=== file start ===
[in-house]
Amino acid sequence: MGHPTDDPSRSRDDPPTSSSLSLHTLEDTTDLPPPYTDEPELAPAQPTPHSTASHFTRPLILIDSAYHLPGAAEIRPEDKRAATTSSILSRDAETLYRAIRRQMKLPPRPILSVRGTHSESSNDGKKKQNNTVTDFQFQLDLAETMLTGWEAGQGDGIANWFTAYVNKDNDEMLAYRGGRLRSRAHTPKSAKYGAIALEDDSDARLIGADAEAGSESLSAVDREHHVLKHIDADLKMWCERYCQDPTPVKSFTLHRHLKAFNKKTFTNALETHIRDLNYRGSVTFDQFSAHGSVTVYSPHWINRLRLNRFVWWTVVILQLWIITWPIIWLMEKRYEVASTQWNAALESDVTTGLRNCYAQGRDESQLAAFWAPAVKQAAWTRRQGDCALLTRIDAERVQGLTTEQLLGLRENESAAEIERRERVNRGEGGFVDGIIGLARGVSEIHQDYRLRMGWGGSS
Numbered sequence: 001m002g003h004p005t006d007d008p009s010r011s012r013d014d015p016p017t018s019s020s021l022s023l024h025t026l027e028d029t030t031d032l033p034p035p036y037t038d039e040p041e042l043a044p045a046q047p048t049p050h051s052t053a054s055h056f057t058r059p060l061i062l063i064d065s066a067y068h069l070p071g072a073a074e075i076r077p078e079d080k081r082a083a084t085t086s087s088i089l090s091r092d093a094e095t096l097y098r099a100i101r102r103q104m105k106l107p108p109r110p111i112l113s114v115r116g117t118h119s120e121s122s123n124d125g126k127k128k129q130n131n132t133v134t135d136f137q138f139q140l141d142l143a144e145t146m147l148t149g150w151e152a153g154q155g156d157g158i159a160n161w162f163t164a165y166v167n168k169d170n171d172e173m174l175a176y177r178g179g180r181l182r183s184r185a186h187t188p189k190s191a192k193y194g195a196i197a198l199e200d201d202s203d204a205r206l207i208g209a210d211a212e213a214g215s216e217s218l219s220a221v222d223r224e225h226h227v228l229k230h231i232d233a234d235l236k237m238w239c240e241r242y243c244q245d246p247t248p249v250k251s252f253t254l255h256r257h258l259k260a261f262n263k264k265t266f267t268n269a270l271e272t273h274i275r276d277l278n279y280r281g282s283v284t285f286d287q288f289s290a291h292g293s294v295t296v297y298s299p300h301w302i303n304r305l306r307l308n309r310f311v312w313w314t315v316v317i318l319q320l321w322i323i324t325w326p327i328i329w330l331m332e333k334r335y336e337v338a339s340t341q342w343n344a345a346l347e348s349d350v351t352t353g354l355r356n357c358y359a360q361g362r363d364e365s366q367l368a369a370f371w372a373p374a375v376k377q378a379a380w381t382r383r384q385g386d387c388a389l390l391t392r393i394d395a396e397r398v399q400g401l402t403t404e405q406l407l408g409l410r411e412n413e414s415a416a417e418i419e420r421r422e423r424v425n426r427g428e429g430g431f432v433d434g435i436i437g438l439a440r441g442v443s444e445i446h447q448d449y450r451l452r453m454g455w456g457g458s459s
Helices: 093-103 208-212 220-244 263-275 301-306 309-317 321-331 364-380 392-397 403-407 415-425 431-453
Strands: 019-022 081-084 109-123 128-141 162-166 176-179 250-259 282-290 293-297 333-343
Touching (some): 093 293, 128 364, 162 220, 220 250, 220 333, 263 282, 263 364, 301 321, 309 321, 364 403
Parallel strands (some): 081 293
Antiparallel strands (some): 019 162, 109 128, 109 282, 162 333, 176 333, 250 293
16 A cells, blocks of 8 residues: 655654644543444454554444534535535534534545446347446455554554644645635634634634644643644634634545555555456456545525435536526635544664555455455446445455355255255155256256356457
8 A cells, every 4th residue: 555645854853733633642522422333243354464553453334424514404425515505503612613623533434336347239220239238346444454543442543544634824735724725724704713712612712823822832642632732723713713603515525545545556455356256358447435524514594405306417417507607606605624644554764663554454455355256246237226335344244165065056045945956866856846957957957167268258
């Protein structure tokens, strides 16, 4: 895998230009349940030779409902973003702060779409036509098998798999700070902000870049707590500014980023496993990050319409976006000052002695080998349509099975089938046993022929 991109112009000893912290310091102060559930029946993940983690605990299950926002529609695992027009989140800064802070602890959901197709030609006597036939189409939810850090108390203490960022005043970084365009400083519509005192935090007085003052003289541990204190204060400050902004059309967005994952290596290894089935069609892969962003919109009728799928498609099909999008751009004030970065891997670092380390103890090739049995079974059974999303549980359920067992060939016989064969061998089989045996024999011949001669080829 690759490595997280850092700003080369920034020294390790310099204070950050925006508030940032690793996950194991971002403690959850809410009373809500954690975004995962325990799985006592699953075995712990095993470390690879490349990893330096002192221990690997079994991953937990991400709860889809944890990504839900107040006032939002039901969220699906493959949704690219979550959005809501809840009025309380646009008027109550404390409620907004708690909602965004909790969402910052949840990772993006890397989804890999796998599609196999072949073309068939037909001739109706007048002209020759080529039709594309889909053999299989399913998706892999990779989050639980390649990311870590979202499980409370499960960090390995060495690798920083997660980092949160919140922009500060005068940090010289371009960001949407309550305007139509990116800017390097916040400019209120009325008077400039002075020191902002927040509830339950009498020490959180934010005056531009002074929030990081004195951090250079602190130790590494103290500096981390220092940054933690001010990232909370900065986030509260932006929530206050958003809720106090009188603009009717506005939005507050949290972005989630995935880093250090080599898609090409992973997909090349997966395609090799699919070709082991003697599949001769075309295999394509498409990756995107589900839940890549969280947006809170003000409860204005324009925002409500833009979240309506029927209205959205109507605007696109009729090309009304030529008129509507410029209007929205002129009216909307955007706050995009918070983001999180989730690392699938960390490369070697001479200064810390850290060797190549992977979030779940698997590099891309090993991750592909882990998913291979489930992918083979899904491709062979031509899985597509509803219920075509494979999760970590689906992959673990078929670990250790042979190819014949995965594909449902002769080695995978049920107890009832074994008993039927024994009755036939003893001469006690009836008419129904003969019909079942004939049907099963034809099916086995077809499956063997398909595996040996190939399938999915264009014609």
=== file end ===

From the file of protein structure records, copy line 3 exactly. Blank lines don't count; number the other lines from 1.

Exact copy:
Numbered sequence: 001m002g003h004p005t006d007d008p009s010r011s012r013d014d015p016p017t018s019s020s021l022s023l024h025t026l027e028d029t030t031d032l033p034p035p036y037t038d039e040p041e042l043a044p045a046q047p048t049p050h051s052t053a054s055h056f057t058r059p060l061i062l063i064d065s066a067y068h069l070p071g072a073a074e075i076r077p078e079d080k081r082a083a084t085t086s087s088i089l090s091r092d093a094e095t096l097y098r099a100i101r102r103q104m105k106l107p108p109r110p111i112l113s114v115r116g117t118h119s120e121s122s123n124d125g126k127k128k129q130n131n132t133v134t135d136f137q138f139q140l141d142l143a144e145t146m147l148t149g150w151e152a153g154q155g156d157g158i159a160n161w162f163t164a165y166v167n168k169d170n171d172e173m174l175a176y177r178g179g180r181l182r183s184r185a186h187t188p189k190s191a192k193y194g195a196i197a198l199e200d201d202s203d204a205r206l207i208g209a210d211a212e213a214g215s216e217s218l219s220a221v222d223r224e225h226h227v228l229k230h231i232d233a234d235l236k237m238w239c240e241r242y243c244q245d246p247t248p249v250k251s252f253t254l255h256r257h258l259k260a261f262n263k264k265t266f267t268n269a270l271e272t273h274i275r276d277l278n279y280r281g282s283v284t285f286d287q288f289s290a291h292g293s294v295t296v297y298s299p300h301w302i303n304r305l306r307l308n309r310f311v312w313w314t315v316v317i318l319q320l321w322i323i324t325w326p327i328i329w330l331m332e333k334r335y336e337v338a339s340t341q342w343n344a345a346l347e348s349d350v351t352t353g354l355r356n357c358y359a360q361g362r363d364e365s366q367l368a369a370f371w372a373p374a375v376k377q378a379a380w381t382r383r384q385g386d387c388a389l390l391t392r393i394d395a396e397r398v399q400g401l402t403t404e405q406l407l408g409l410r411e412n413e414s415a416a417e418i419e420r421r422e423r424v425n426r427g428e429g430g431f432v433d434g435i436i437g438l439a440r441g442v443s444e445i446h447q448d449y450r451l452r453m454g455w456g457g458s459s